30 July 2022

On July 12th, the French Superior Council of Intellectual Property (the Conseil supérieur de la propriété littéraire et artistiqueCSPLA”), an advisory body to the Ministry of Culture, unveiled its mission report on NFTs, presenting its risks and opportunities analysis and proposing 20 recommendations concerning, in particular, the legal issues related to counterfeiting, platform liability or taxation. This short paper briefly presents a selection of some of the main findings of the CSPLA mission report. The full report is available here.


  • Without much surprise, CSPLA states NFTs are not works of art since their creation is the result of a constrained and automated computer coding process. However, the file NFTs point to can be a work of art and copyright is applicable as soon as the smart contract that registers the NFT in the blockchain integrates a link to a unique digital file.
  • Copyright fully applies not to the code of the smart contract, nor to the hyperlink, but on the unique digital file associated to the NFT. The transfer of NFTs may be the vehicle for the transfer of copyright, but it is not necessarily the case: it is up to a contract to specify it.
  • NFTs are not subject to exhaustion of rights since according to the mission report, a NFT is a coded element that is neither the protected work, nor the material embodiment of the digital file, nor does it constitute its material and tangible support. The mission thus considers that the provision of a digital file via a NFT can fall under the “communication to the public” right provided for by Directive 2001/29, which is not subject to exhaustion of rights.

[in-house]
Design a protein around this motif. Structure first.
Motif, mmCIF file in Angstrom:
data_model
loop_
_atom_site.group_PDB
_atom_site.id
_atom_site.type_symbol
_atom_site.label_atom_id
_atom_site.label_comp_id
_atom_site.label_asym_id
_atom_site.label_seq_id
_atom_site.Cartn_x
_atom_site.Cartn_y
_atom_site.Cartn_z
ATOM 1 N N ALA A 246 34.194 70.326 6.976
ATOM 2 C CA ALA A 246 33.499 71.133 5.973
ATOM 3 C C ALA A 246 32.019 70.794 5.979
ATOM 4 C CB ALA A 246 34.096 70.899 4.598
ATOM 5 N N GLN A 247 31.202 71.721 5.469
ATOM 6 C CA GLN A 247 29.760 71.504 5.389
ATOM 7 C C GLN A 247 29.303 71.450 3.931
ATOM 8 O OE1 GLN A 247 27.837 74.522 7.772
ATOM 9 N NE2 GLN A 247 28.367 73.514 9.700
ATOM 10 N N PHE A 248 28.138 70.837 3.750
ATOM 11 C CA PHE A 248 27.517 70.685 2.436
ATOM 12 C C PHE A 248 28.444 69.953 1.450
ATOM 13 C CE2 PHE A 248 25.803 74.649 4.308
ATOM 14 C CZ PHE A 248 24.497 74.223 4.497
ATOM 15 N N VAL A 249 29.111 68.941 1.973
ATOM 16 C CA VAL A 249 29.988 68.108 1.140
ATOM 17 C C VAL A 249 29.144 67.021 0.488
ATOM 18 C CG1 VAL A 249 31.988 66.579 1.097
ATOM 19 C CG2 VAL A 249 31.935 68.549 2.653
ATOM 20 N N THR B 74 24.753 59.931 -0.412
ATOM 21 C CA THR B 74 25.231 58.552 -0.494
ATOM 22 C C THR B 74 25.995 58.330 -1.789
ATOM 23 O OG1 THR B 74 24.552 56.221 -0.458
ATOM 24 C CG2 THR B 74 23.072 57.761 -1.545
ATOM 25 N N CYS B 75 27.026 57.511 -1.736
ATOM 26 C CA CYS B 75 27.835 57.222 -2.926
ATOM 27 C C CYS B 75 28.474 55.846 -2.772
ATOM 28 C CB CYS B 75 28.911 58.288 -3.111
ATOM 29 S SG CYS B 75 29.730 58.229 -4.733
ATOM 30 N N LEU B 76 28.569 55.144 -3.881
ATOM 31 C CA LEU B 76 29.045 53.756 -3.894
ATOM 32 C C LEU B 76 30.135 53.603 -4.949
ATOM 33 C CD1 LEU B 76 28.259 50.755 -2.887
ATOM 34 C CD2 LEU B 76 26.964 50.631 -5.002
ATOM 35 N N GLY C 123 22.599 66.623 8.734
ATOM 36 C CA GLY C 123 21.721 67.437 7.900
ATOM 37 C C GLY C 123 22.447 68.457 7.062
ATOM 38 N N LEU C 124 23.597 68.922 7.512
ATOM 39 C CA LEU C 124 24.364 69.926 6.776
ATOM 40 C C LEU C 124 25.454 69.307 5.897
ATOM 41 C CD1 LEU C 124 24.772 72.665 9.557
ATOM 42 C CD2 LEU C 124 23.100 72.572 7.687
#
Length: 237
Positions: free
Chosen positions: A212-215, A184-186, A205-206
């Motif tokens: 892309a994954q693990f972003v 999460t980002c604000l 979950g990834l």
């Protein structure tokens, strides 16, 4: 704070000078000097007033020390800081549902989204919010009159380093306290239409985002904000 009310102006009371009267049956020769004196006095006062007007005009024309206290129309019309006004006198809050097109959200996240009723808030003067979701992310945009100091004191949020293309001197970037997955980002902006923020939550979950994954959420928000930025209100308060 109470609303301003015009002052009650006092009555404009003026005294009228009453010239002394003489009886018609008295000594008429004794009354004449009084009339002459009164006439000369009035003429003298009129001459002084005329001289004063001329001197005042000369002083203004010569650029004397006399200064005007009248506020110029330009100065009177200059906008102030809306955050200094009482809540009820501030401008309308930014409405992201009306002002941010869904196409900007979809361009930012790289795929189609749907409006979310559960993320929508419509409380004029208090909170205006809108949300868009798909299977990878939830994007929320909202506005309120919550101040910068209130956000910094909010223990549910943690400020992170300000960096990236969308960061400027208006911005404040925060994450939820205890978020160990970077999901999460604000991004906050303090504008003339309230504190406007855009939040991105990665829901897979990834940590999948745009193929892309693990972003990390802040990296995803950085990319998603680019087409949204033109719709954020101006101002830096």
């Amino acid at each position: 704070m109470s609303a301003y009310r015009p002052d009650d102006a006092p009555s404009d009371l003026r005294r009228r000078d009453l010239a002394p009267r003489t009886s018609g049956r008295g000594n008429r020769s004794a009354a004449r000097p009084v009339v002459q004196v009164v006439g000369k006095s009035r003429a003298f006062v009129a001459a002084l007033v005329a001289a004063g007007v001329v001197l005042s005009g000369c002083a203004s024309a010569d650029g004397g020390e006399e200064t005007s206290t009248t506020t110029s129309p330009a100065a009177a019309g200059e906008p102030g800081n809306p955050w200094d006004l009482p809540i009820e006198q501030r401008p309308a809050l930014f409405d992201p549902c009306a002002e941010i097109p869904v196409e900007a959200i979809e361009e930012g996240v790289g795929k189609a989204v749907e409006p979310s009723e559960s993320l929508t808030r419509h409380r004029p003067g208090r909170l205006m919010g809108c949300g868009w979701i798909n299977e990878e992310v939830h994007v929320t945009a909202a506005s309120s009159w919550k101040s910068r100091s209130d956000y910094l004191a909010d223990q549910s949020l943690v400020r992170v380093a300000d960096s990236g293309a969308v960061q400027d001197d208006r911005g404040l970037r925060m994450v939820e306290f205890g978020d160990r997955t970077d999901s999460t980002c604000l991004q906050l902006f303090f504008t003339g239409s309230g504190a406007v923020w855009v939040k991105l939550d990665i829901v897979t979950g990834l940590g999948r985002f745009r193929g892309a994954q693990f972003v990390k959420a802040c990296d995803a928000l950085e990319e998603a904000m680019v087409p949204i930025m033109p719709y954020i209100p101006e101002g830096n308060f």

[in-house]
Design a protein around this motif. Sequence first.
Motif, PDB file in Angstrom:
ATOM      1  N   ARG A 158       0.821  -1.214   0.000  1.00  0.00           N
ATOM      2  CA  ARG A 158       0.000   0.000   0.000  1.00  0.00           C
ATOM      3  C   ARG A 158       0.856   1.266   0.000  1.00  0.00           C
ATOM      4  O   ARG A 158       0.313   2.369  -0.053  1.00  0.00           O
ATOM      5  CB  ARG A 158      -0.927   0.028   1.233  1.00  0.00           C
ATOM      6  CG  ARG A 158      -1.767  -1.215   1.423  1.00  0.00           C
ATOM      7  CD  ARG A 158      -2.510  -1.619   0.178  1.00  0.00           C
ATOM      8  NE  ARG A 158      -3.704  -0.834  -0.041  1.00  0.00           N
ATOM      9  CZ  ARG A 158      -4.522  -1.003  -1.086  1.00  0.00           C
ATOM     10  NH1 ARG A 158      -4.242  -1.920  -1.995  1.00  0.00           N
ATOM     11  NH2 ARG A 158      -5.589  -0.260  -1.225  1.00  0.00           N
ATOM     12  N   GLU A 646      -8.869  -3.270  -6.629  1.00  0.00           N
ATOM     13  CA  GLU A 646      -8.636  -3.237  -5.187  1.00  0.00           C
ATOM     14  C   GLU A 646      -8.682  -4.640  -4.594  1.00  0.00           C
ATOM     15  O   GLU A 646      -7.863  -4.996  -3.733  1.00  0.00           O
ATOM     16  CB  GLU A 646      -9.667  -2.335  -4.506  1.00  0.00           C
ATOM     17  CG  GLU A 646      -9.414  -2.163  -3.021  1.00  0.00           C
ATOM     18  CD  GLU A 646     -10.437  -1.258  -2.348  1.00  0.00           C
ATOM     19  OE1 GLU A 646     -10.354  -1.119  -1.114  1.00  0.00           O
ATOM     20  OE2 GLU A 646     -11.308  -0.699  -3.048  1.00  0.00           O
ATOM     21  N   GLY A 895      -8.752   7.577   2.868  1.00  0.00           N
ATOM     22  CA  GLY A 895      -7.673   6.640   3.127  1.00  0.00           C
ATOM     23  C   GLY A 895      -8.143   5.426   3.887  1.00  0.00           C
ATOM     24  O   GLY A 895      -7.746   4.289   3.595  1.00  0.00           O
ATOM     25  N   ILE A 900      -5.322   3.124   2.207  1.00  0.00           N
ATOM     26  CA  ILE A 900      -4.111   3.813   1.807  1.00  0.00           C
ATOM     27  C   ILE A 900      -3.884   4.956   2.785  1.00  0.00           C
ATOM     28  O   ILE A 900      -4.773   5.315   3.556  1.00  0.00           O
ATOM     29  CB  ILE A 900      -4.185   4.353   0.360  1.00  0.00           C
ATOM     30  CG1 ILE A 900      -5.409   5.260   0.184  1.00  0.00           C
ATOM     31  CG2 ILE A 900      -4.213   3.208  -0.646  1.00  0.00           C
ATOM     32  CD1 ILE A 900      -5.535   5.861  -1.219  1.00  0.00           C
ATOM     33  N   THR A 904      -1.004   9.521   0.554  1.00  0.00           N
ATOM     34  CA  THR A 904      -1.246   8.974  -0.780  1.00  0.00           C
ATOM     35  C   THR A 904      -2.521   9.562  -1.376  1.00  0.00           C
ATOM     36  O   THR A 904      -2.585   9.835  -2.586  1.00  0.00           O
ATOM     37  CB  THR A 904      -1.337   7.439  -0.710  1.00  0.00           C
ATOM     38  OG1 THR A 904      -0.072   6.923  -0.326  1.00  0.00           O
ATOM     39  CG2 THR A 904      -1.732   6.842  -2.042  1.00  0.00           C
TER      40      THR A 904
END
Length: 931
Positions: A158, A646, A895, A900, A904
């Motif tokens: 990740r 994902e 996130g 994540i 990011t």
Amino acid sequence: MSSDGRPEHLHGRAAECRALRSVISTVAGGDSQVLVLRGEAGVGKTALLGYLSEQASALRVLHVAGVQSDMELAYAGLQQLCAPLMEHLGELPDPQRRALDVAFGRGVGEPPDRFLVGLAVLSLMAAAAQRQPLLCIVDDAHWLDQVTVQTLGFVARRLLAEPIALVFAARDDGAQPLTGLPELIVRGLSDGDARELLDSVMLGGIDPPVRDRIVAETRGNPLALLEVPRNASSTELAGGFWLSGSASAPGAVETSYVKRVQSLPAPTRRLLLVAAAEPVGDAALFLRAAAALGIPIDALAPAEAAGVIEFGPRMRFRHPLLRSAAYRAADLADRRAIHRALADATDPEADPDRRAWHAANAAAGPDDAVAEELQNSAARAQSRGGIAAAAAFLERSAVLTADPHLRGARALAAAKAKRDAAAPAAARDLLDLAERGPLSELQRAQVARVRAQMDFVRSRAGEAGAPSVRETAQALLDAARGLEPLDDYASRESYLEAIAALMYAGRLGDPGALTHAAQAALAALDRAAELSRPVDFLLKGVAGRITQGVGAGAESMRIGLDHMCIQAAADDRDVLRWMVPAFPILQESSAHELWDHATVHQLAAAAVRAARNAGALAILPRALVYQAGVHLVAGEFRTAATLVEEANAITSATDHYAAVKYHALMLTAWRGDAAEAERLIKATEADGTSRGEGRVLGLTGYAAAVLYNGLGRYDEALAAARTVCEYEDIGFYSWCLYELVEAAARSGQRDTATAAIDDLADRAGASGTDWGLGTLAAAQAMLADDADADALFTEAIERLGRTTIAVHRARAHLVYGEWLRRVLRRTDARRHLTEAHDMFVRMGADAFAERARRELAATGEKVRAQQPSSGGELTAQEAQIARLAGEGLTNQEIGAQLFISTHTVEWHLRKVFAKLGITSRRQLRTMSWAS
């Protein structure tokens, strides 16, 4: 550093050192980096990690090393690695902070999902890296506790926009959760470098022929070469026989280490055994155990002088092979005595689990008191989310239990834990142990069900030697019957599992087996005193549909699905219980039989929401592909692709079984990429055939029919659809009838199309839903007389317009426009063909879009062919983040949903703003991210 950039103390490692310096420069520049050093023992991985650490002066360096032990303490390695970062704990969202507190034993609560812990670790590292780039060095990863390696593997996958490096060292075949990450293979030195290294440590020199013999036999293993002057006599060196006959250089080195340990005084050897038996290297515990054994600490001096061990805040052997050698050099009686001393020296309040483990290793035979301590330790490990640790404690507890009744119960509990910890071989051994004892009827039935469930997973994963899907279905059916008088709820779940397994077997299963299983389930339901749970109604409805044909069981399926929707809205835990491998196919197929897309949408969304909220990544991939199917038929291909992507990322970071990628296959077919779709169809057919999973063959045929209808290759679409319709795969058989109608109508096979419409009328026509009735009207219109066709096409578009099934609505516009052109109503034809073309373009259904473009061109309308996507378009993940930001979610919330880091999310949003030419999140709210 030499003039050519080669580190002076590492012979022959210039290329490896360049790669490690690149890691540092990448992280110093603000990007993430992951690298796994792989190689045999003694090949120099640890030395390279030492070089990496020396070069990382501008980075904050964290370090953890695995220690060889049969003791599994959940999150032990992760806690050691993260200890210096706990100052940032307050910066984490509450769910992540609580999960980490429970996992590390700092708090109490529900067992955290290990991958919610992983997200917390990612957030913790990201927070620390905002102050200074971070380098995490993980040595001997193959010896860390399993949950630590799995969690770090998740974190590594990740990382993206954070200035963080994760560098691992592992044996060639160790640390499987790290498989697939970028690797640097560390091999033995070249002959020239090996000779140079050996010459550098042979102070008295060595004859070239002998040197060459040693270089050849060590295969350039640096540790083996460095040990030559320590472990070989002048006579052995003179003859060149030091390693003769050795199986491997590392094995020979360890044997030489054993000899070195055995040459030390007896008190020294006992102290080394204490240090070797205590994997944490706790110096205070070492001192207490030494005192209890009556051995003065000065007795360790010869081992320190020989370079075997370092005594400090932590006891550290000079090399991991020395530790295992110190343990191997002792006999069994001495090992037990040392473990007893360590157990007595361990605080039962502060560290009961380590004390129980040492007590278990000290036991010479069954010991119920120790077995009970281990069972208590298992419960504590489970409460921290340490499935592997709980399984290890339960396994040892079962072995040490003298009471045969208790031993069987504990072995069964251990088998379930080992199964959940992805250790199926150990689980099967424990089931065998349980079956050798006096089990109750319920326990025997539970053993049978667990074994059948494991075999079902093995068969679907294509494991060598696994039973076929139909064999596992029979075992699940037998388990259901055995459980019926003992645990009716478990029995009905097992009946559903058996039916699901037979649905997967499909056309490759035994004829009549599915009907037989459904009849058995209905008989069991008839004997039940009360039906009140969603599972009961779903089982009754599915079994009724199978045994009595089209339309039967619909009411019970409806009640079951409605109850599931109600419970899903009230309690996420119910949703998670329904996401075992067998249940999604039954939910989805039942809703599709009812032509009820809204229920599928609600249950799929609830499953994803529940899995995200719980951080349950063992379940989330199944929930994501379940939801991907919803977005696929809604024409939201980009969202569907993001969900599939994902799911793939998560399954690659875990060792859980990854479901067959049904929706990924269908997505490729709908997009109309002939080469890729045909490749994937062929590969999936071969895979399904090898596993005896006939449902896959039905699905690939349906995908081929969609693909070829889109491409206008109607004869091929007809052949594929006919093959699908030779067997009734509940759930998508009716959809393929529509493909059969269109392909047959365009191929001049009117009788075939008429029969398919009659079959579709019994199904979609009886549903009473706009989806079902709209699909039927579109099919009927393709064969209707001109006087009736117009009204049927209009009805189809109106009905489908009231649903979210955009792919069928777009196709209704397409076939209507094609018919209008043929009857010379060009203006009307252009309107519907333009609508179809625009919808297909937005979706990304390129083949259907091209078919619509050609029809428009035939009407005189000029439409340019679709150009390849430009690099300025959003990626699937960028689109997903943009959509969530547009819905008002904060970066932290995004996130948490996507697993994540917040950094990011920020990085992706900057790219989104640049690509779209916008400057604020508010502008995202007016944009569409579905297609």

• Resale right (droit de suite) pursuant to Directive 2001/84 could apply to the resale of NFTs,even though the mission acknowledges it is not obvious that NFT platforms should be considered as “art market professionals” which is one of the prerequisite for the resale right to apply. 
  • NFTs carry risks of counterfeiting and art forgery with usual sanctions. The production, issuance and circulation of NFTs associated with copyrighted works are fully subject to intellectual property laws and exposes to the usual sanctions of copyright infringement. According to the mission “burning” a NFT could be considered as a measure to stop the acts of infringement ordered by a judge. The mission also highlights that files associated with NFTs could be considered as false works, their creation is thus subject to the usual sanctions applicable to art forgeries.
  • CSPLA recommendations: (N°1) disseminate pedagogical documentation on the copyrights involved with NFTs and their technical functioning, to inform purchasers, platforms, and right holders; (N°5) support and initiate a reflection on technical solutions to ensure the effectiveness of judicial decisions in the fight against counterfeiting, and (N°11) in the long term, depending on the persistence of the market and cultural uses, establish a legal definition, including in the French intellectual property code.


  • NFT platforms are online content-sharing service provider. While the mission admits that the question of the qualification of NFT platforms is open to debate, it takes the position that the activity of these platforms could fall within the scope of Article 17 of Directive 2019/790/EU, which sets out a specific copyright liability regime for content-sharing service providers.

    CSPLA recommendations: (N°2) draw up a charter of good practices elaborated with platforms, industry representatives and collective management organizations and (N°3) a European charter to make platforms aware of their copyright obligations; (N°4) initiate a reflection on the implementation of third-party verifiers of the content associated with NFTs.

Tax wise, ARE NFTs digital assets?

  • Ordinary legal taxation regime for capital gains on the sale of digital assets should be applied to NFTs according to the mission since, pending a possible normative definition of NFTs, their unique nature and their characteristics of a collector’s item do not justify departing from this regime. According to the mission, NFTs also raise several questions on the taxation of the art market and the taxation applicable to digital art.

    CSPLA recommendations: (N°8) clarify the applicability to NFTs of the tax regime for digital assets; (N°9) initiate a reflection on the implementation of a tax system adapted to digital art; (N°10) include NFTs in the European framework for the fight against money laundering and terrorist financing and (N°12) develop indicators to allow greater transparency on the market.